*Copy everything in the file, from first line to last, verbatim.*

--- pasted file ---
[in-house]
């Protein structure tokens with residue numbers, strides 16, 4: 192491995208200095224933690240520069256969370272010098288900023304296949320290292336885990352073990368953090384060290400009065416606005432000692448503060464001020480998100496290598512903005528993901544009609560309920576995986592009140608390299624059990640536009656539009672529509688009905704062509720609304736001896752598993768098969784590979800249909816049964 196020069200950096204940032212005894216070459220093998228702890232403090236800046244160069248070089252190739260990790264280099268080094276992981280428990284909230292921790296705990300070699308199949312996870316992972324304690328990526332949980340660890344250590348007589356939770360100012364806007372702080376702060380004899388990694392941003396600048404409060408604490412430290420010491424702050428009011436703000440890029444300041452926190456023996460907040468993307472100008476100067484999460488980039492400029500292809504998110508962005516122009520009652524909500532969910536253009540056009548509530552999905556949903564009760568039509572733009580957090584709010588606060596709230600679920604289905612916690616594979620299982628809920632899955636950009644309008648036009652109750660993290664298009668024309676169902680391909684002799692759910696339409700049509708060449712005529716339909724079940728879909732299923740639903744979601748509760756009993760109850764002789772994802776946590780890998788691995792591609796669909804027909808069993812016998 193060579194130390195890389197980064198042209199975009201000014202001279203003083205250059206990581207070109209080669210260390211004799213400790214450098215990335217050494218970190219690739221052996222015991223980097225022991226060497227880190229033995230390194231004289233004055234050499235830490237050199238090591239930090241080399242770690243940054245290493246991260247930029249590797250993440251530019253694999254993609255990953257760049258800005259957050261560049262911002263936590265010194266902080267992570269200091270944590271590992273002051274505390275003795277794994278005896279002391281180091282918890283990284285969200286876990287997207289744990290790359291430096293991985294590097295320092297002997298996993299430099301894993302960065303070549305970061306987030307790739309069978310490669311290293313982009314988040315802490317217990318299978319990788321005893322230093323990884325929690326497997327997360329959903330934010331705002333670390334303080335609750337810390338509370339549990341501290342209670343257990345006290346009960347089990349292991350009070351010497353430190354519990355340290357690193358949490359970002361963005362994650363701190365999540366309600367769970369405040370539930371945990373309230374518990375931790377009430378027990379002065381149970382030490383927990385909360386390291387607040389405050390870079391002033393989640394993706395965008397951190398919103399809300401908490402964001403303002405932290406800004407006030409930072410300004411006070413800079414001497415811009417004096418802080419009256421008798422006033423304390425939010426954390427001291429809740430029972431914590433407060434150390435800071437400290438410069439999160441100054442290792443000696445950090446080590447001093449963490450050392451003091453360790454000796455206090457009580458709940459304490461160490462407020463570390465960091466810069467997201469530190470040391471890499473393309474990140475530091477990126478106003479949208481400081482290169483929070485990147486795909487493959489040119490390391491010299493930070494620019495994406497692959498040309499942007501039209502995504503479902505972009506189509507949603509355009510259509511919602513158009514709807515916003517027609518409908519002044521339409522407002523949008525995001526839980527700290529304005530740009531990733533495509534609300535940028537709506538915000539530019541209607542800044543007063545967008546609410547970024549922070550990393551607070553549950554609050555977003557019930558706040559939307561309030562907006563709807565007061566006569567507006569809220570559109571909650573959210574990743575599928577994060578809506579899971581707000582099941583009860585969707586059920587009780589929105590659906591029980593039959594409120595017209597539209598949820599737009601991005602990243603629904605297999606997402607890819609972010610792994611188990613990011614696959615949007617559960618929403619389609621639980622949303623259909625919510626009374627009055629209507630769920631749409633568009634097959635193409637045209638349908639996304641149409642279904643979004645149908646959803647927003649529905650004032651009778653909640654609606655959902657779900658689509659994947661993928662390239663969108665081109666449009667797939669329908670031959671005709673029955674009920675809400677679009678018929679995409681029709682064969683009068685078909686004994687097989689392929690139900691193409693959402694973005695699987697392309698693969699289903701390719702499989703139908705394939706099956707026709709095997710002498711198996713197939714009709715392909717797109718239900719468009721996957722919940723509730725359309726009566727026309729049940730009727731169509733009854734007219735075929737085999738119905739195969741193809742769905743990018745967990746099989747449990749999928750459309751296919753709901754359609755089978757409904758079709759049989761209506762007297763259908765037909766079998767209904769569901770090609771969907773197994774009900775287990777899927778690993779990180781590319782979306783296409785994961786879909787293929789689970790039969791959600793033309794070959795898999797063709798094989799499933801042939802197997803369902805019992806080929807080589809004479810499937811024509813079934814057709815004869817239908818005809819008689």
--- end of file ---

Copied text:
[in-house]
């Protein structure tokens with residue numbers, strides 16, 4: 192491995208200095224933690240520069256969370272010098288900023304296949320290292336885990352073990368953090384060290400009065416606005432000692448503060464001020480998100496290598512903005528993901544009609560309920576995986592009140608390299624059990640536009656539009672529509688009905704062509720609304736001896752598993768098969784590979800249909816049964 196020069200950096204940032212005894216070459220093998228702890232403090236800046244160069248070089252190739260990790264280099268080094276992981280428990284909230292921790296705990300070699308199949312996870316992972324304690328990526332949980340660890344250590348007589356939770360100012364806007372702080376702060380004899388990694392941003396600048404409060408604490412430290420010491424702050428009011436703000440890029444300041452926190456023996460907040468993307472100008476100067484999460488980039492400029500292809504998110508962005516122009520009652524909500532969910536253009540056009548509530552999905556949903564009760568039509572733009580957090584709010588606060596709230600679920604289905612916690616594979620299982628809920632899955636950009644309008648036009652109750660993290664298009668024309676169902680391909684002799692759910696339409700049509708060449712005529716339909724079940728879909732299923740639903744979601748509760756009993760109850764002789772994802776946590780890998788691995792591609796669909804027909808069993812016998 193060579194130390195890389197980064198042209199975009201000014202001279203003083205250059206990581207070109209080669210260390211004799213400790214450098215990335217050494218970190219690739221052996222015991223980097225022991226060497227880190229033995230390194231004289233004055234050499235830490237050199238090591239930090241080399242770690243940054245290493246991260247930029249590797250993440251530019253694999254993609255990953257760049258800005259957050261560049262911002263936590265010194266902080267992570269200091270944590271590992273002051274505390275003795277794994278005896279002391281180091282918890283990284285969200286876990287997207289744990290790359291430096293991985294590097295320092297002997298996993299430099301894993302960065303070549305970061306987030307790739309069978310490669311290293313982009314988040315802490317217990318299978319990788321005893322230093323990884325929690326497997327997360329959903330934010331705002333670390334303080335609750337810390338509370339549990341501290342209670343257990345006290346009960347089990349292991350009070351010497353430190354519990355340290357690193358949490359970002361963005362994650363701190365999540366309600367769970369405040370539930371945990373309230374518990375931790377009430378027990379002065381149970382030490383927990385909360386390291387607040389405050390870079391002033393989640394993706395965008397951190398919103399809300401908490402964001403303002405932290406800004407006030409930072410300004411006070413800079414001497415811009417004096418802080419009256421008798422006033423304390425939010426954390427001291429809740430029972431914590433407060434150390435800071437400290438410069439999160441100054442290792443000696445950090446080590447001093449963490450050392451003091453360790454000796455206090457009580458709940459304490461160490462407020463570390465960091466810069467997201469530190470040391471890499473393309474990140475530091477990126478106003479949208481400081482290169483929070485990147486795909487493959489040119490390391491010299493930070494620019495994406497692959498040309499942007501039209502995504503479902505972009506189509507949603509355009510259509511919602513158009514709807515916003517027609518409908519002044521339409522407002523949008525995001526839980527700290529304005530740009531990733533495509534609300535940028537709506538915000539530019541209607542800044543007063545967008546609410547970024549922070550990393551607070553549950554609050555977003557019930558706040559939307561309030562907006563709807565007061566006569567507006569809220570559109571909650573959210574990743575599928577994060578809506579899971581707000582099941583009860585969707586059920587009780589929105590659906591029980593039959594409120595017209597539209598949820599737009601991005602990243603629904605297999606997402607890819609972010610792994611188990613990011614696959615949007617559960618929403619389609621639980622949303623259909625919510626009374627009055629209507630769920631749409633568009634097959635193409637045209638349908639996304641149409642279904643979004645149908646959803647927003649529905650004032651009778653909640654609606655959902657779900658689509659994947661993928662390239663969108665081109666449009667797939669329908670031959671005709673029955674009920675809400677679009678018929679995409681029709682064969683009068685078909686004994687097989689392929690139900691193409693959402694973005695699987697392309698693969699289903701390719702499989703139908705394939706099956707026709709095997710002498711198996713197939714009709715392909717797109718239900719468009721996957722919940723509730725359309726009566727026309729049940730009727731169509733009854734007219735075929737085999738119905739195969741193809742769905743990018745967990746099989747449990749999928750459309751296919753709901754359609755089978757409904758079709759049989761209506762007297763259908765037909766079998767209904769569901770090609771969907773197994774009900775287990777899927778690993779990180781590319782979306783296409785994961786879909787293929789689970790039969791959600793033309794070959795898999797063709798094989799499933801042939802197997803369902805019992806080929807080589809004479810499937811024509813079934814057709815004869817239908818005809819008689």